[Update: Just to clarify, my thoughts shared below concerning any of my professional experiences do not pertain to any specific organization I’ve worked for—past or present. They only represent my collective experiences in media.]
I know I’ve neglected my blog recently and I’m hoping that, in the near future, that’ll change. (Stay tuned for an upcoming post explaining my absence.) Until then, though, I couldn’t not make the time to share this powerful interview Cosmopolitan published last night with the former New York Times editor, Jill Abramson. If, like me, you pay attention to the goings-on of the media world, you’ll remember Abramson was fired from her post at the Times in May. Since then, she hasn’t given an interview to any publication—though, to be clear, she hasn’t stayed silent.
But she’s now given her first interview since the firing and she gave it to Cosmopolitan, which will probably surprise some. But not me. Since Joanna Coles took over as EIC, the magazine has undergone some major changes—more political coverage, more longform, a decidedly stronger feminist perspective—and Abramson clearly noticed. It’s also not unsurprising that in the wake of everything that’s happened, she’d steer clear of the men in media who’ve scorned her and put trust in a publication that serves women, with a mostly female edit. staff. (For insight into Abramson’s mindset, see this tweet.)
Regardless of the reasoning behind her decision to sit down with Cosmo first, this is a poignant interview. For many reasons. But I’m specifically sharing her interview on my blog because, as a young woman in my first legitimate job in media, I found myself moved by some of her quotes. In the interview, she makes some shrewd observations about the truth of being a woman in a position of power in a man’s business. She also talks about rejection, pay disparity, and, of course, that infamous Politico story. But of all the things she said, nothing struck me more than this:
The reason I wanted to do this interview is that I think it is important to try to speak very candidly to young women. The most important advice I would still give—and it may seem crazy because I did lose this job I really loved—you have to be an authentic person. I did cry. That is my authentic first reaction. I don’t regret sharing that.
In my blogs, I think maybe I keep overstressing how new I am to this media shark tank. But, really, I don’t think I can possibly stress it enough. At my new-ish job (which I’ll talk about more in my next post) I work mostly under men. Until very recently (two days ago, actually), there wasn’t a single woman in a position of power directly above me. Yes, there are women editors at my job—and brilliant ones—but I wasn’t hired to work in their specific department and so they are not technically my bosses. As a woman, and not just a woman, but a woman in her early 20s in her first real job a year out of grad school, I struggle with holding onto my authenticity.
I try to maintain integrity, stay true to my voice, and only do work I’m fully committed to and believe in. But it’s hard. Sometimes when you work in media, the challenge of the ever-in-a-state-of-flux business model that currently depends on click bait and ad dollars will force you to write about things you might not care about and, even worse, sometimes things you aren’t proud of. I’m lucky that I’ve rarely had to compromise my authenticity as a journalist, but it’s happened. It happens to everyone in any field at some point, I think. And I too have cried about it. I have felt shame in publishing something I felt forced to write—and struggled heavily in writing it. But, the truth is, if your editor needs something from you, and it’s your job to do it, your opinion doesn’t matter. You just do it. And I’ve cried about it—at home, of course. That’s not because I’m weak, oversensitive, or a woman. It’s because I care deeply about my work and words. That’s why I find solace in Abramson’s explanation of why she isn’t ashamed to cry about her own work. (Really, she isn’t ashamed of anything that happened with the Times: “Is it hard to say I was fired? No. I’ve said it about 20 times, and it’s not.”)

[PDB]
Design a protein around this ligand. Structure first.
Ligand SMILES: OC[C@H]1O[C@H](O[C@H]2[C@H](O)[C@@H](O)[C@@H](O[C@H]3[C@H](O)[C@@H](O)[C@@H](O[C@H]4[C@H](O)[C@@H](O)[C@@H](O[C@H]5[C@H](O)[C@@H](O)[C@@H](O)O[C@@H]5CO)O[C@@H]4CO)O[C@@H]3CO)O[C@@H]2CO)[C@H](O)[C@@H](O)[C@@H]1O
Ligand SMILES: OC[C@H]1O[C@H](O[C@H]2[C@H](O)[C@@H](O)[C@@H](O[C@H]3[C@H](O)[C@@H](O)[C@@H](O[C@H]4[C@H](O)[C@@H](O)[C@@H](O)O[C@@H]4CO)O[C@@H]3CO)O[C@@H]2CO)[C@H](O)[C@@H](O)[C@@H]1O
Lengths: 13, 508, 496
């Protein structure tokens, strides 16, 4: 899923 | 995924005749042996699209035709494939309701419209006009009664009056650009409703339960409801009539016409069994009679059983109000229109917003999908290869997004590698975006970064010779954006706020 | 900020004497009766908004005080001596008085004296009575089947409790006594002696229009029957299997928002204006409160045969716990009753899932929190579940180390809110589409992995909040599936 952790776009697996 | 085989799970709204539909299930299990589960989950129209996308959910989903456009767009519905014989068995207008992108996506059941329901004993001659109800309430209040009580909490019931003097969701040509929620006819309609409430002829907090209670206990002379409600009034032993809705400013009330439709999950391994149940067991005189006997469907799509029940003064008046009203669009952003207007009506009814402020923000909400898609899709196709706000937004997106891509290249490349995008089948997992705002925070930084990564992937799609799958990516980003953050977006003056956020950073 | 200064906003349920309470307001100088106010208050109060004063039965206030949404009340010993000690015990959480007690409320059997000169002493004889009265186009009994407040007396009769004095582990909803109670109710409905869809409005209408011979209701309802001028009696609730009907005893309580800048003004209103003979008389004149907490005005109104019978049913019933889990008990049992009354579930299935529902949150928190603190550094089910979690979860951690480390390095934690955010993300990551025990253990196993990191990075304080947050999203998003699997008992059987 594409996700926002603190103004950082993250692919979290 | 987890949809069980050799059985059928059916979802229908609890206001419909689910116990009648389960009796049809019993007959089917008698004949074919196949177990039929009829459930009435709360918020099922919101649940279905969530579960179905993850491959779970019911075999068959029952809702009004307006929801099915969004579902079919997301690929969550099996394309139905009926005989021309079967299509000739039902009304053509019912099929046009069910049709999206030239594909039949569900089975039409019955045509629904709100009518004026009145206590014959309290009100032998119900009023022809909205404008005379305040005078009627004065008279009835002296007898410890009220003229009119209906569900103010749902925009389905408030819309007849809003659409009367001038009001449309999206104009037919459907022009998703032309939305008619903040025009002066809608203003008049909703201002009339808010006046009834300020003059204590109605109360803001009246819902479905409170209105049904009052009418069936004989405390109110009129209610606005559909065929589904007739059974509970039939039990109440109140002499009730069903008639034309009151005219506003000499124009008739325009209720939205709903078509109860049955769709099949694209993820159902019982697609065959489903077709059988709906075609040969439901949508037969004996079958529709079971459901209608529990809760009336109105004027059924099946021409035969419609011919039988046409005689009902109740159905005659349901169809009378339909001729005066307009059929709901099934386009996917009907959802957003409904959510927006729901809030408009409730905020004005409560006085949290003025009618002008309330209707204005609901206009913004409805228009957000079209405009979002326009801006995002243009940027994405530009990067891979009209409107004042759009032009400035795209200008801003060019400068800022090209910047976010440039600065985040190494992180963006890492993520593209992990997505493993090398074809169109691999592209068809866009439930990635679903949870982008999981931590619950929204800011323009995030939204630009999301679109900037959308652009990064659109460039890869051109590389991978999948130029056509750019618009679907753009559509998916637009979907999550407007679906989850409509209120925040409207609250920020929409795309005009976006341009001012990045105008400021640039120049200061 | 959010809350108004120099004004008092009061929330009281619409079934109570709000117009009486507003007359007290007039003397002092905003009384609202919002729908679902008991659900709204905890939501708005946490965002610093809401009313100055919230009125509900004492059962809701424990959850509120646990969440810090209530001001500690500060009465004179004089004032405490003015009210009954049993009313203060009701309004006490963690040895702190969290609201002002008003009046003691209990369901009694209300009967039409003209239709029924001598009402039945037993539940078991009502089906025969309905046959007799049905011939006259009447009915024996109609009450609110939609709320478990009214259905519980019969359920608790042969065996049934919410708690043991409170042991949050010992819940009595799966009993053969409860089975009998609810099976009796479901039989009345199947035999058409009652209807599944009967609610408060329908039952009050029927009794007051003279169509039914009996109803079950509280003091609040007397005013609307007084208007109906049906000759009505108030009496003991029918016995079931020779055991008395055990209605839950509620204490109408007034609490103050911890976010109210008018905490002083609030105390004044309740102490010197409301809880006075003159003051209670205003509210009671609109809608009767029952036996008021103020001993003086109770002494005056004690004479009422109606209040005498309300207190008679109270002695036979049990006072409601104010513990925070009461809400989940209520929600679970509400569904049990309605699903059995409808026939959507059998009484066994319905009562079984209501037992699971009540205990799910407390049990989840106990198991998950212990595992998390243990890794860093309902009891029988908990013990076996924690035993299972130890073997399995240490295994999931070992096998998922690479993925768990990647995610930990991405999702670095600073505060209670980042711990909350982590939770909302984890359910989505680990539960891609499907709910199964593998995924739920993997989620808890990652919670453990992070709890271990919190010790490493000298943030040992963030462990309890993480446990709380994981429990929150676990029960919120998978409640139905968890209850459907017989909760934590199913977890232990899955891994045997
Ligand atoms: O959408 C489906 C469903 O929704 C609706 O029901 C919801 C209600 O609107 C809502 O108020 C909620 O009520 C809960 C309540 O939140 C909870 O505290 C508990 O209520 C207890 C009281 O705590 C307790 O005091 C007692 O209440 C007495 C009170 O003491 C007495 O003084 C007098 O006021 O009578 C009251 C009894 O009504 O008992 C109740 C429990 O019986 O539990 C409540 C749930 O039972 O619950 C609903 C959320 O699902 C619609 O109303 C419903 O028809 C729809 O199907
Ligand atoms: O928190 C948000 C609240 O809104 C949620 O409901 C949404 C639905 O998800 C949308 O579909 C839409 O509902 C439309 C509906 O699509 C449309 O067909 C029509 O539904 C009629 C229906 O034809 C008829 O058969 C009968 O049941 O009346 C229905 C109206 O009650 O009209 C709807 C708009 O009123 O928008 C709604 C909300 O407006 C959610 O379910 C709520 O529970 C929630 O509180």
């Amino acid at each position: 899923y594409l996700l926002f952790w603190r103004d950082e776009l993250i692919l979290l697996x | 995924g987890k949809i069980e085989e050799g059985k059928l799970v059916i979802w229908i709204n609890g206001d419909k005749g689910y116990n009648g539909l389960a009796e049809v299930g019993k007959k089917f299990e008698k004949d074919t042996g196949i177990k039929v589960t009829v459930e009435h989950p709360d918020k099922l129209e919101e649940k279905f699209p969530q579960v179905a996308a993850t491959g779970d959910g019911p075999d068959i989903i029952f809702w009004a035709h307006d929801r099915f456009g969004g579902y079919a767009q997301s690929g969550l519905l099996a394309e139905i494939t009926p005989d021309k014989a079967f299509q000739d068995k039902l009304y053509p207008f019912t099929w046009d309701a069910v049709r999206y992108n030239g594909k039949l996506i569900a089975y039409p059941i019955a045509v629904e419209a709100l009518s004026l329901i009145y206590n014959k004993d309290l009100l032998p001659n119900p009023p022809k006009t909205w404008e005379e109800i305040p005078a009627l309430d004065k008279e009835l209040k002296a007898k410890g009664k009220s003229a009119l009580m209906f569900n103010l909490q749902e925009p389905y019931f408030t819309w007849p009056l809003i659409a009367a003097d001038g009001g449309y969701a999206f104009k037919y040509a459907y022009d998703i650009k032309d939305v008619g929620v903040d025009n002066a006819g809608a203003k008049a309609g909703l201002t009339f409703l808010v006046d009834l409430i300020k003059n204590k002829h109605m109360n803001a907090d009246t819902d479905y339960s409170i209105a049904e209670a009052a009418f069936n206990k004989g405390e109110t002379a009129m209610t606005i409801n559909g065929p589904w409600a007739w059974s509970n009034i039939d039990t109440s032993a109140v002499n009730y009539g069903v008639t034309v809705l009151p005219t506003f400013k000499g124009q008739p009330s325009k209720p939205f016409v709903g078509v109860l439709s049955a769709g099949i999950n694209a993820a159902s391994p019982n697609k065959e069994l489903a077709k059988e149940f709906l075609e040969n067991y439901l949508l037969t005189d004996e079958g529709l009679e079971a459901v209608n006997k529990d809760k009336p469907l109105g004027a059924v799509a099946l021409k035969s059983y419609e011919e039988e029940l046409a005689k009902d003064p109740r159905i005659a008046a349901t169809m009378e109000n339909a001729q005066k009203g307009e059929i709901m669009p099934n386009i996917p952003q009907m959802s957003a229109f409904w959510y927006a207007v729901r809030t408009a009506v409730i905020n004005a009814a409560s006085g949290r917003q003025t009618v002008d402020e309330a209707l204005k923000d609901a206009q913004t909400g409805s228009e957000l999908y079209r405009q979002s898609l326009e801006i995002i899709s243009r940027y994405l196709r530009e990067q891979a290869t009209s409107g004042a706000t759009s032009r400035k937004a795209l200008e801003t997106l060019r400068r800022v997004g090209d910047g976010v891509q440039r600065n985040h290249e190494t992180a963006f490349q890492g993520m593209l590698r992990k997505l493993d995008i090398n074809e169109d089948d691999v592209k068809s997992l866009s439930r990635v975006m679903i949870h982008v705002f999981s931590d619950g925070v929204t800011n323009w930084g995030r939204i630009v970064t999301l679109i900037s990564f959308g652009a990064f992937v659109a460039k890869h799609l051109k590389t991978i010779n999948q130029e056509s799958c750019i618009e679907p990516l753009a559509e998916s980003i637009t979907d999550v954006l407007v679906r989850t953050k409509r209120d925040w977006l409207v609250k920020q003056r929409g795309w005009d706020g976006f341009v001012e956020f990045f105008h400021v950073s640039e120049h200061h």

Because even though Abramson’s words in this piece are actually quite grim—in a way, she’s saying that it never really gets better—her resilient spirit is soothing. And, as I think the piece intended, it does ultimately feel like she’s speaking directly to me, a young woman journalist. That’s why I’m sharing this interview here now and highlighting that quote above because it’s not something young women journalists will likely hear often, if ever, in their careers. Most of us might never experience a work environment where a woman is in charge. I don’t like to admit that I sometimes get emotionally discouraged when my male bosses don’t share my perspective on something, perhaps, because we differ in race and gender. But I do. And I don’t necessarily think having a woman boss would change that, but it changes something. It changes something in me just reading the words of an established woman journalist who’s been through it all—and then some. Anyway, read the whole piece. Read it twice. Her words are invaluable.